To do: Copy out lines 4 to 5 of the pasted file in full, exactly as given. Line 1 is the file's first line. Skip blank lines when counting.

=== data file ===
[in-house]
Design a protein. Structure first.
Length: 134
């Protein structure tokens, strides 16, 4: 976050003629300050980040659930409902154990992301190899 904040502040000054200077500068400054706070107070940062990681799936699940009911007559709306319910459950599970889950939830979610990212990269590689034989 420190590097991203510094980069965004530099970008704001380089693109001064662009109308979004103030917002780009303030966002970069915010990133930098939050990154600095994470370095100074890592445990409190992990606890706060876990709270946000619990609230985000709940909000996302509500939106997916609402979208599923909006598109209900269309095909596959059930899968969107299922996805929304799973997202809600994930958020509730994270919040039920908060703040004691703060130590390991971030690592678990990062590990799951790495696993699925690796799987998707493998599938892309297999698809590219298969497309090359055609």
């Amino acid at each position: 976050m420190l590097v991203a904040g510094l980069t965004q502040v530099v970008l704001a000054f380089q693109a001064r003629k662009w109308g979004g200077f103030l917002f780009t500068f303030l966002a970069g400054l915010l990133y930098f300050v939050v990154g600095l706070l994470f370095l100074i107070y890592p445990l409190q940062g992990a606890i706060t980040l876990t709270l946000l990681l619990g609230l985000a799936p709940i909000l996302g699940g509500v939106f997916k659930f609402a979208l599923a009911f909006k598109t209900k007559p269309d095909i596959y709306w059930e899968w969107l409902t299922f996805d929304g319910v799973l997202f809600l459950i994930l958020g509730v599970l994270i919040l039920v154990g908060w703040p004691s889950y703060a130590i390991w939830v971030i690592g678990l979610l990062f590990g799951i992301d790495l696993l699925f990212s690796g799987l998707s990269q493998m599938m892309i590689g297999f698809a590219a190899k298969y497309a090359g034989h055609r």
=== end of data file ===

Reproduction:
């Protein structure tokens, strides 16, 4: 976050003629300050980040659930409902154990992301190899 904040502040000054200077500068400054706070107070940062990681799936699940009911007559709306319910459950599970889950939830979610990212990269590689034989 420190590097991203510094980069965004530099970008704001380089693109001064662009109308979004103030917002780009303030966002970069915010990133930098939050990154600095994470370095100074890592445990409190992990606890706060876990709270946000619990609230985000709940909000996302509500939106997916609402979208599923909006598109209900269309095909596959059930899968969107299922996805929304799973997202809600994930958020509730994270919040039920908060703040004691703060130590390991971030690592678990990062590990799951790495696993699925690796799987998707493998599938892309297999698809590219298969497309090359055609």
């Amino acid at each position: 976050m420190l590097v991203a904040g510094l980069t965004q502040v530099v970008l704001a000054f380089q693109a001064r003629k662009w109308g979004g200077f103030l917002f780009t500068f303030l966002a970069g400054l915010l990133y930098f300050v939050v990154g600095l706070l994470f370095l100074i107070y890592p445990l409190q940062g992990a606890i706060t980040l876990t709270l946000l990681l619990g609230l985000a799936p709940i909000l996302g699940g509500v939106f997916k659930f609402a979208l599923a009911f909006k598109t209900k007559p269309d095909i596959y709306w059930e899968w969107l409902t299922f996805d929304g319910v799973l997202f809600l459950i994930l958020g509730v599970l994270i919040l039920v154990g908060w703040p004691s889950y703060a130590i390991w939830v971030i690592g678990l979610l990062f590990g799951i992301d790495l696993l699925f990212s690796g799987l998707s990269q493998m599938m892309i590689g297999f698809a590219a190899k298969y497309a090359g034989h055609r």